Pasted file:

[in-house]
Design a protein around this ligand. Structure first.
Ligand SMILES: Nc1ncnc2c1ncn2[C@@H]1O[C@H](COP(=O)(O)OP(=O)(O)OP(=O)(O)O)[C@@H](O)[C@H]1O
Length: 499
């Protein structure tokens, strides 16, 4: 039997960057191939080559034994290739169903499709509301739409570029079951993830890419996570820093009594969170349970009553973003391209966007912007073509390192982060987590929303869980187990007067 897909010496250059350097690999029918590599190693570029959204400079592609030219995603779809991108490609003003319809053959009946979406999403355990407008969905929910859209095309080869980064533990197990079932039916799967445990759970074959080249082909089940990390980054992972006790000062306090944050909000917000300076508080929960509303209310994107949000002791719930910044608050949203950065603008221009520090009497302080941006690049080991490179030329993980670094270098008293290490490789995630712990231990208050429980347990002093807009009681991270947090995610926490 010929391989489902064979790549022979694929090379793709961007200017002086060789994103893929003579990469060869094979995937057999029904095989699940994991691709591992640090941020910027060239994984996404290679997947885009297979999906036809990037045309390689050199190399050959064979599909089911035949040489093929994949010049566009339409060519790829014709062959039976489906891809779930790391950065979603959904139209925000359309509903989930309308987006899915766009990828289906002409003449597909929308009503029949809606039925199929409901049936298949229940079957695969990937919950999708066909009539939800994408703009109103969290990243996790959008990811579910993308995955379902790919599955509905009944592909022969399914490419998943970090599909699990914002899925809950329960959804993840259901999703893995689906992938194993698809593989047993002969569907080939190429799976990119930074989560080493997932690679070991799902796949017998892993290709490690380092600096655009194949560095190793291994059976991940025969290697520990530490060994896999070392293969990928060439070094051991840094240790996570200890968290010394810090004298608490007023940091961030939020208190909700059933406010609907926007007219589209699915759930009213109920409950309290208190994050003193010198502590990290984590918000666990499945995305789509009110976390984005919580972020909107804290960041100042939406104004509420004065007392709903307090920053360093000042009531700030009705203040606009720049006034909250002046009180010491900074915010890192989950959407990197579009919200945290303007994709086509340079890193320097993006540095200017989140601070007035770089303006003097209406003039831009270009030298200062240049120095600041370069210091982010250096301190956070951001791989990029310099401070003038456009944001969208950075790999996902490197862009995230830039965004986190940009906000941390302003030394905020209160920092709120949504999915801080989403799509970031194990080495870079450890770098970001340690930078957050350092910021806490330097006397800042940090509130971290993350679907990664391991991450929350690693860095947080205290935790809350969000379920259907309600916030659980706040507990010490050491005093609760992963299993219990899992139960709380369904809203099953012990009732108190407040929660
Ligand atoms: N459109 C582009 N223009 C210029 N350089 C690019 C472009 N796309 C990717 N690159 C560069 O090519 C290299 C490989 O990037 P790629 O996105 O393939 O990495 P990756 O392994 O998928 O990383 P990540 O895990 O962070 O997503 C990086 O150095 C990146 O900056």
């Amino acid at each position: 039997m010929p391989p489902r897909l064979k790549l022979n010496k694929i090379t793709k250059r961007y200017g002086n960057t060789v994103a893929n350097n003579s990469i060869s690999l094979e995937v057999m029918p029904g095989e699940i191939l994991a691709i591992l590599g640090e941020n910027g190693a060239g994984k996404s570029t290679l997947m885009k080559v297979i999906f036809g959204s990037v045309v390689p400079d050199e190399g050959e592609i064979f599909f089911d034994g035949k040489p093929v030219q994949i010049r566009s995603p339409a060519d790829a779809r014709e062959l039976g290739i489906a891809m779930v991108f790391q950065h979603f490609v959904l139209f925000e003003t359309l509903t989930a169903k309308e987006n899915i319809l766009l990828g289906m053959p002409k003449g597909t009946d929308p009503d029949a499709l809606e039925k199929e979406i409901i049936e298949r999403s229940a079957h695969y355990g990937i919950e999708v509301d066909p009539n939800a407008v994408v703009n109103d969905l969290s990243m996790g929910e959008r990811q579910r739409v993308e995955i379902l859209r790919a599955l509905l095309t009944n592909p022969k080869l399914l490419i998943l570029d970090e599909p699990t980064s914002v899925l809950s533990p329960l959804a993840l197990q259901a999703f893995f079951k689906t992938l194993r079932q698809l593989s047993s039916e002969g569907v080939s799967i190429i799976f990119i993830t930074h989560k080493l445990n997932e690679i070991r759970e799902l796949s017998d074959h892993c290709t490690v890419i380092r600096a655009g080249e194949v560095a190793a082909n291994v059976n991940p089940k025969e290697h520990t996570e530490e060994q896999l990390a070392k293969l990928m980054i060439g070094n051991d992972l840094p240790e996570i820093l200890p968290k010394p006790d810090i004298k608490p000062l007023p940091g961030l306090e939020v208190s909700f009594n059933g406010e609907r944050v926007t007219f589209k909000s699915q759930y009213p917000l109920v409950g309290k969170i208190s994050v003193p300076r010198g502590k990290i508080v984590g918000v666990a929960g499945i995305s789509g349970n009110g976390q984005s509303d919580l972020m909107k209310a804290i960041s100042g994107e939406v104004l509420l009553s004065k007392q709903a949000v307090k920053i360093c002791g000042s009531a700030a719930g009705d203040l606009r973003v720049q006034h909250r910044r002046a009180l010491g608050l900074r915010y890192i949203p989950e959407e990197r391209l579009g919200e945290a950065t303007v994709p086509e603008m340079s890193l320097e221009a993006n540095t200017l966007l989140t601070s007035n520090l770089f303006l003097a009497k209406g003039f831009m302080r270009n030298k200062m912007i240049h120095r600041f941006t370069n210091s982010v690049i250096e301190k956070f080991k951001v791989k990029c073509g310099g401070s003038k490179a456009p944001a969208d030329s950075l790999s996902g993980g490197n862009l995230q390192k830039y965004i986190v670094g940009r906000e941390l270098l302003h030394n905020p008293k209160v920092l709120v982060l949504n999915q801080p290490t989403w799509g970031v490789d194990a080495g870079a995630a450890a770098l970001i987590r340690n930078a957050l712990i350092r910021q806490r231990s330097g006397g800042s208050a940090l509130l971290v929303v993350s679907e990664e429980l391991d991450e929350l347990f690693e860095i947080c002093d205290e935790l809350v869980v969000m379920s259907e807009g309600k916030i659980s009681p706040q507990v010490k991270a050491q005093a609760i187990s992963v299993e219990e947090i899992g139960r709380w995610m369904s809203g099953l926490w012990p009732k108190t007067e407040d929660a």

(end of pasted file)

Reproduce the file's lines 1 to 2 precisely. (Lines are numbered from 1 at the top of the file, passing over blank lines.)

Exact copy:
[in-house]
Design a protein around this ligand. Structure first.